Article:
Iran is threatening to stop the flow of oil through the Strait of Hormuz – a key world oil route in the Persian Gulf – if the West imposes more sanctions over its controversial nuclear energy program.
The sanctions stem from a U.N. watchdog report that alleges the country may be developing nuclear weapons. Iran has denied the claims, stating that its program is for peaceful purposes, Reuters reports.
"If [the West] impose sanctions on Iran's oil exports, then even one drop of oil cannot flow from the Strait of Hormuz," Iran's First Vice President Mohammad Reza Rahimi told Iranian news agency IRNA.
"Our enemies will give up on their plots against Iran only if we give them a firm and strong lesson," he added.
In Washington, State Department spokesman Mark Toner called the threat "bluster." He said it was "another attempt by them to distract attention from the real issue, which is their continued noncompliance with international nuclear obligations."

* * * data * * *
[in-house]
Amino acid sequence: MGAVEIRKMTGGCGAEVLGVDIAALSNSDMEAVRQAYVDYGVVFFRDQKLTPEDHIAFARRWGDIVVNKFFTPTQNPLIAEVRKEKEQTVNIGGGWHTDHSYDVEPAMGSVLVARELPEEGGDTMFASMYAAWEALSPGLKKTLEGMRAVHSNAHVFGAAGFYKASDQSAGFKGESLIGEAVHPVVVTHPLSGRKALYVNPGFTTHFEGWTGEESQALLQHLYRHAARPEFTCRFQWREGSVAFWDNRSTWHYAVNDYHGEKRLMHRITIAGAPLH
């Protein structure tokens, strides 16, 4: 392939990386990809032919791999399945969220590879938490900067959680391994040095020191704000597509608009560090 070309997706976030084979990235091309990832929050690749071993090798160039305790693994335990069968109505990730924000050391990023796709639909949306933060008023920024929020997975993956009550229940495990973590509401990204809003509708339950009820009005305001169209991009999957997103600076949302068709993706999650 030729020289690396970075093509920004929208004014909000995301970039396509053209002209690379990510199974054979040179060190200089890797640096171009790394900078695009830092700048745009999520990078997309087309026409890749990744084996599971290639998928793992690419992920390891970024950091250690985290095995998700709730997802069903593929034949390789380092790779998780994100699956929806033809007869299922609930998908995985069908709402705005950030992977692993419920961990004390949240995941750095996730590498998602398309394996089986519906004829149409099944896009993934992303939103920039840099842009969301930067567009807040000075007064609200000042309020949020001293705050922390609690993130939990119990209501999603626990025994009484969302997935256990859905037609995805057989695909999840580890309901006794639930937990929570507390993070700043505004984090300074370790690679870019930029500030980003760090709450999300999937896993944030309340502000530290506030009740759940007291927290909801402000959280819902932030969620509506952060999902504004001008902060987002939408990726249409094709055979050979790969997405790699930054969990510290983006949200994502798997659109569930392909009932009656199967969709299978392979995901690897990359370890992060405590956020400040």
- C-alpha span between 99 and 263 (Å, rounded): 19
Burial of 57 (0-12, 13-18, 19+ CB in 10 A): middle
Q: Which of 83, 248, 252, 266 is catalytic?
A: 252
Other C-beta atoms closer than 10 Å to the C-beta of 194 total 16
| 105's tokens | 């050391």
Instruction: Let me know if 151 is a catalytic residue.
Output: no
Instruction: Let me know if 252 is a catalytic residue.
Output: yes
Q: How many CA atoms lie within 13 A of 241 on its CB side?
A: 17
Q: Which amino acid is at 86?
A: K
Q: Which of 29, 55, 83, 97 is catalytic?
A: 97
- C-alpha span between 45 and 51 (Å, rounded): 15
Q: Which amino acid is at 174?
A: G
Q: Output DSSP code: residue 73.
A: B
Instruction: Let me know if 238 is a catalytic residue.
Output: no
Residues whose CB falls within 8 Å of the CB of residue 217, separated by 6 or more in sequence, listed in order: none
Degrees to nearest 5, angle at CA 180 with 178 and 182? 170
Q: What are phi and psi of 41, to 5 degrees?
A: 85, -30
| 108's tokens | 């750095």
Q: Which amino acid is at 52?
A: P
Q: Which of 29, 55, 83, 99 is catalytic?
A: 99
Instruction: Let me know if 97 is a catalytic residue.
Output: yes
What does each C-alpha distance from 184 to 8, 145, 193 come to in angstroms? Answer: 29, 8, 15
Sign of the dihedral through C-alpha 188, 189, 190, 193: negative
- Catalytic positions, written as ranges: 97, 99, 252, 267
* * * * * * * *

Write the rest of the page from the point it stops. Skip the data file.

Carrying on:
Rahimi has no major role in Iran's foreign or military policy.
On Monday, the Iranian navy warned off a foreign helicopter that had approached the site of a 10-day naval drill it is currently conducting in international waters beyond the Strait of Hormuz at the mouth of the Persian Gulf.
A spokesman for the drill, Rear Adm. Mahmoud Mousavi, tells state TV the helicopter left the area immediately after the warning Sunday. He gives no other details.
Iran’s navy began the 10-day drill on Saturday, and regularly holds war games. The country has also been active in fighting piracy in the Gulf of Aden.
The Associated Press contributed to this report.